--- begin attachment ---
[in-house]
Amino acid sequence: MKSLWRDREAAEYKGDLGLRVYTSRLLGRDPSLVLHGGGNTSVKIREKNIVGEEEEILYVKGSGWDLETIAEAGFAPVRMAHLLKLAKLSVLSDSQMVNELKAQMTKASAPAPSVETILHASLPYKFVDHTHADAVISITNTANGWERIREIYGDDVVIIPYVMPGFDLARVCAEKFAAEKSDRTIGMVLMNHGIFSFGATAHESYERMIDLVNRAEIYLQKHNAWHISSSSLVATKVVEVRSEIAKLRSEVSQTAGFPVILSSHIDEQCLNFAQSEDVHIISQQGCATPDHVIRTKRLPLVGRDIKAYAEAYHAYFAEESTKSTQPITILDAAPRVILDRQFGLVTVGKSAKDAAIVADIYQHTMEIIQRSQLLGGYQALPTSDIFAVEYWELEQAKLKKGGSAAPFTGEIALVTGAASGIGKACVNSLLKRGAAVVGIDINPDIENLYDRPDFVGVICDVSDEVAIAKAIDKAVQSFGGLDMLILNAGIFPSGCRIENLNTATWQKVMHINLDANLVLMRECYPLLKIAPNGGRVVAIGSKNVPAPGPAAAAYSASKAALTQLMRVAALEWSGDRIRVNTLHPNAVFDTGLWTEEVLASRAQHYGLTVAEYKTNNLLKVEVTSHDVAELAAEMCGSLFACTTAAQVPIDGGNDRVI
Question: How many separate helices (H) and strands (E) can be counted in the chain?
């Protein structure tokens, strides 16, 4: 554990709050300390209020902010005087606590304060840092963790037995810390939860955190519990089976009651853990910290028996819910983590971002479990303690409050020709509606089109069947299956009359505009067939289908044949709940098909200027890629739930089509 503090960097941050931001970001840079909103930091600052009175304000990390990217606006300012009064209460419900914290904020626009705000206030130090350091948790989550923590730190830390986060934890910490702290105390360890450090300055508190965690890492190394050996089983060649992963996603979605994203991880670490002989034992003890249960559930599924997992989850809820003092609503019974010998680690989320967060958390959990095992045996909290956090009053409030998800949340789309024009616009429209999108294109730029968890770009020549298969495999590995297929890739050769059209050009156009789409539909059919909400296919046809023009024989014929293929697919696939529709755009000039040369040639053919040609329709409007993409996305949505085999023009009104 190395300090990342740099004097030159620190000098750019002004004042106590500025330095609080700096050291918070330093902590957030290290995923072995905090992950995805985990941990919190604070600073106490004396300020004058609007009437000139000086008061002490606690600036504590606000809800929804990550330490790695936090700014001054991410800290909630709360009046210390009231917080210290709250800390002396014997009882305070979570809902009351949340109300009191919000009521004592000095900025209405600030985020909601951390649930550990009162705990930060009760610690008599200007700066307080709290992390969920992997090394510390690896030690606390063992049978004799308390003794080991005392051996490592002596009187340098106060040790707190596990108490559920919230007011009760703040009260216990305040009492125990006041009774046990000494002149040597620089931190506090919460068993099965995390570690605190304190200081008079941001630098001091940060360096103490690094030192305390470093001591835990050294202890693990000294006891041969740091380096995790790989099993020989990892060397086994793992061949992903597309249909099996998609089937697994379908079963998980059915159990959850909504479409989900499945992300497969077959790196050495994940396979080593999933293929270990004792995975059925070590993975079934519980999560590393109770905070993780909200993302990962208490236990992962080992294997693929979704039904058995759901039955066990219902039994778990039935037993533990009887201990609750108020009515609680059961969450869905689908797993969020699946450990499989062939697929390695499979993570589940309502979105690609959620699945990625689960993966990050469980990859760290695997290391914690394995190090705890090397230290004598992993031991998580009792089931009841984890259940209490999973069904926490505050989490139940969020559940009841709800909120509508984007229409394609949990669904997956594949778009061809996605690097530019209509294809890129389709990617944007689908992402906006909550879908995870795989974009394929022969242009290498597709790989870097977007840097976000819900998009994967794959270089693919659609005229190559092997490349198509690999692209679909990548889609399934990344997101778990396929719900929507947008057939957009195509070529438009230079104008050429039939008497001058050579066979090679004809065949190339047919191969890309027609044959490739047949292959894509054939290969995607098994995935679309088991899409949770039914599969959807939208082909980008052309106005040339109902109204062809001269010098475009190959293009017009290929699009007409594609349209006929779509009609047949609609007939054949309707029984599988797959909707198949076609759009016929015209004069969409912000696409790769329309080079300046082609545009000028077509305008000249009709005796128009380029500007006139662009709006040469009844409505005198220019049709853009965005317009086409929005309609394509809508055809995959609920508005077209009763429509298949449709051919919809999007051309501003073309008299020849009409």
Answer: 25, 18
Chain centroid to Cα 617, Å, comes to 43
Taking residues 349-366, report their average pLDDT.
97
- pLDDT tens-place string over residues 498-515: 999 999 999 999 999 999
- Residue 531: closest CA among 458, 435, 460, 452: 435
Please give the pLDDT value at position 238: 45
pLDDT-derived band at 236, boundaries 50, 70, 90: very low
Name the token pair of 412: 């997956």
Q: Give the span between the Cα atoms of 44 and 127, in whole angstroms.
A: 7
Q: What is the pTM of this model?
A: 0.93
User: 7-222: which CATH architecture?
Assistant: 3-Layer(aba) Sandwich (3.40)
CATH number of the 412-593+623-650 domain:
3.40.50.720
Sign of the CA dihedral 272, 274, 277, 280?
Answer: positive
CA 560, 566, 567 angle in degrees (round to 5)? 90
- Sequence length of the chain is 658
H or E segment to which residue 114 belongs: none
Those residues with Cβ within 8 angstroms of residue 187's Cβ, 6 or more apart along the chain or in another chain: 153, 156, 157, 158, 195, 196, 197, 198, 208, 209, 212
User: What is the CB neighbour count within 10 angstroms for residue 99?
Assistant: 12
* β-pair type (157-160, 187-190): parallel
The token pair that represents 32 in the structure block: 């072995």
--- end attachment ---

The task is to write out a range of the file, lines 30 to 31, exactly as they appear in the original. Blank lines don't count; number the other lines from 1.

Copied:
* β-pair type (157-160, 187-190): parallel
The token pair that represents 32 in the structure block: 């072995």